“A splendid night,” said Dalton.
“Yes, truly,” said Harry.
“I hope you didn’t propose to more than six girls.”
“To none. But I love them all together.”
“I’m glad to hear it, because you’re entirely too young to marry, and your occupation is precarious.”
“You needn’t be so preachy. You’re not more’n a hundred years old yourself.”
“But I’m two months older than you are and often two months makes a vast difference, particularly in our cases. I notice about you, Harry, at times, a certain juvenility which I feel it my duty to repress.”
“Don’t do it, George. Let’s enjoy it while we can, because as you say my occupation is precarious and yours is the same.”
They stopped at the corner of the iron fence enclosing the Curtis home, in which many lights were still shining. It was near a dark alley opening on the street and running by this side of the house.
“I’m going to see what’s behind Mr. Curtis’s house,” said Harry.
Dalton stared at him.
“What’s got into your head, Harry!” he exclaimed. “Do you mean to be a burglar prowling about the home of the man who has entertained you?”
Harry hesitated. He was sorry that Dalton was with him. Then he could have gone on without question, but he must make some excuse to Dalton.
“George,” he said at last, “will you swear to keep a secret, a most important one which I am pledged to tell to nobody, but which I must confide in you in order to give a good reason for what I am about to do.”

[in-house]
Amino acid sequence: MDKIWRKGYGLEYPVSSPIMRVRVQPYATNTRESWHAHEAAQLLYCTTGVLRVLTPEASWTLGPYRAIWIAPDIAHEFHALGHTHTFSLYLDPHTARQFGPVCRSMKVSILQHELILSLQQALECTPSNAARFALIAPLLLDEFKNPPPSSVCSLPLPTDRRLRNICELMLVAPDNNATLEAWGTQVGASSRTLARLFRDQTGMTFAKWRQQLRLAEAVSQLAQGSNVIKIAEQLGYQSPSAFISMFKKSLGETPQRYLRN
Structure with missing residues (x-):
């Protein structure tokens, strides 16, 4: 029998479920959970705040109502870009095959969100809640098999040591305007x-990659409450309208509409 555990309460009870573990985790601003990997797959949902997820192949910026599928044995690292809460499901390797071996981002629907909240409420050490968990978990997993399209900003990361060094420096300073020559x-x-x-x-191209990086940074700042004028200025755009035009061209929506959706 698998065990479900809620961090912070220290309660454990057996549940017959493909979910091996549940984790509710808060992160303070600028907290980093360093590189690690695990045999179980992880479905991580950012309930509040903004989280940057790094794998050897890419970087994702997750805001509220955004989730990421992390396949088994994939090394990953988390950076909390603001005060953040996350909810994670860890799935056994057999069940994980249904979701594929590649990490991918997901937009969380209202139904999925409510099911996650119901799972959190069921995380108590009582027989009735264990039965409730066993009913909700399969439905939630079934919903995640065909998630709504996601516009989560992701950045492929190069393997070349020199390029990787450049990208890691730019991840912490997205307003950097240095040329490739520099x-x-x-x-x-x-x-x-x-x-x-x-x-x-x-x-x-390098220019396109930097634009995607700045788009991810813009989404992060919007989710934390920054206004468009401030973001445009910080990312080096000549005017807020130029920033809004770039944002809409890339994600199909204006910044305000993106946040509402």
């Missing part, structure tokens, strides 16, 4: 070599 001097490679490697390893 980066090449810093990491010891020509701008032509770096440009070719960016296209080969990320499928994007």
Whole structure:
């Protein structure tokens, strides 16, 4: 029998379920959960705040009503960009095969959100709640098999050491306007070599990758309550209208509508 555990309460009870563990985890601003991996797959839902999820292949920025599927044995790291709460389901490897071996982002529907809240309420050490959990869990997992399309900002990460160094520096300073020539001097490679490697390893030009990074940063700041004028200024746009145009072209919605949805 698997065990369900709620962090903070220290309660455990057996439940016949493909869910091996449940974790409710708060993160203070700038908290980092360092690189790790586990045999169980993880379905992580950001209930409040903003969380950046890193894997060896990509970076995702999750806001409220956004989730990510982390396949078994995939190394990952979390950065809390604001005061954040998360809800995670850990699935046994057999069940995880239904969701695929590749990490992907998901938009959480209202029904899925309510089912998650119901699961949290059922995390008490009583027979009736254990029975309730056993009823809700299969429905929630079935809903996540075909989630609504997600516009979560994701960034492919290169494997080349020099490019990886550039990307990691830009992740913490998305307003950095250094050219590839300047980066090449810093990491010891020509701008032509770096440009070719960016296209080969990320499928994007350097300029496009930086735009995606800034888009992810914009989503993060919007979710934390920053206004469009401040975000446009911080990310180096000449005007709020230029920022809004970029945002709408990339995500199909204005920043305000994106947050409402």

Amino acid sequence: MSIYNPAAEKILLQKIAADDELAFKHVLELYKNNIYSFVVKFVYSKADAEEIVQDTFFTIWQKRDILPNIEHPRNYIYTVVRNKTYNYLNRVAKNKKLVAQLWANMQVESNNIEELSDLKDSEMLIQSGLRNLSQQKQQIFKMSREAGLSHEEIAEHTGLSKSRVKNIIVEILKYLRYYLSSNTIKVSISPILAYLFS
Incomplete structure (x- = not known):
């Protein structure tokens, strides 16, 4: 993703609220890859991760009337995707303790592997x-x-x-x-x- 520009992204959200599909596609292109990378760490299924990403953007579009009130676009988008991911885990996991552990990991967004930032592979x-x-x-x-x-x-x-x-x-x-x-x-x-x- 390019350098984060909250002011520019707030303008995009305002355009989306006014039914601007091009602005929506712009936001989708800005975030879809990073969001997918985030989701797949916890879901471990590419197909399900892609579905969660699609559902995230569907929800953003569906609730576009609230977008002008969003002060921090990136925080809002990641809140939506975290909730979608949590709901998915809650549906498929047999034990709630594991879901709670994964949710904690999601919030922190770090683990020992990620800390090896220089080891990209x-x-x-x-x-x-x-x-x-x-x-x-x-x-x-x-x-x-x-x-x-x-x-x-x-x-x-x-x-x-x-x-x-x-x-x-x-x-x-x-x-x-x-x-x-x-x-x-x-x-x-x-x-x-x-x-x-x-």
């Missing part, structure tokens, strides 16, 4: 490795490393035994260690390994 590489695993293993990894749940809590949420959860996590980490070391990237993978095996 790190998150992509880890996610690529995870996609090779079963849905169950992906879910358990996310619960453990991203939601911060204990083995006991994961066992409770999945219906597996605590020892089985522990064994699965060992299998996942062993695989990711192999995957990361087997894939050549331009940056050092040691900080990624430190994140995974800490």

“If you are pledged to keep such a secret,” replied Dalton, “then don’t explain it to me. Your word is good enough, Harry. Go ahead and do what you want to do. I’ll ask nothing about any of your actions, no matter how strange it may look.”
“You’re a man in a million, George. Come on, your confidence is going to be tested. Besides, you’ll run the danger of being shot.”
But Dalton followed him fearlessly as he led the way down the alley. Richmond was not lighted then, save along the main streets, and a few steps took them into the full dark. The brilliant windows threw bright bands across the lines, but they themselves were in darkness.
The alley ran through the next street and so did the Curtis grounds. They were as extensive in the rear of the house as in front, and contained small pines carefully trimmed, banks of roses and two grape arbors. Harry could hear no sound of any one stirring among them, but people, obviously the cooks and other servants, were talking in the big kitchen at the rear of the house.
The street itself running in the rear of the building was as well lighted as it was in front, but Harry saw no one in it save a member of the city police, who seemed to be keeping a good watch. But as he did not wish to be observed by the man he waited a little while in the mouth of the alley, until he had moved on and was out of sight.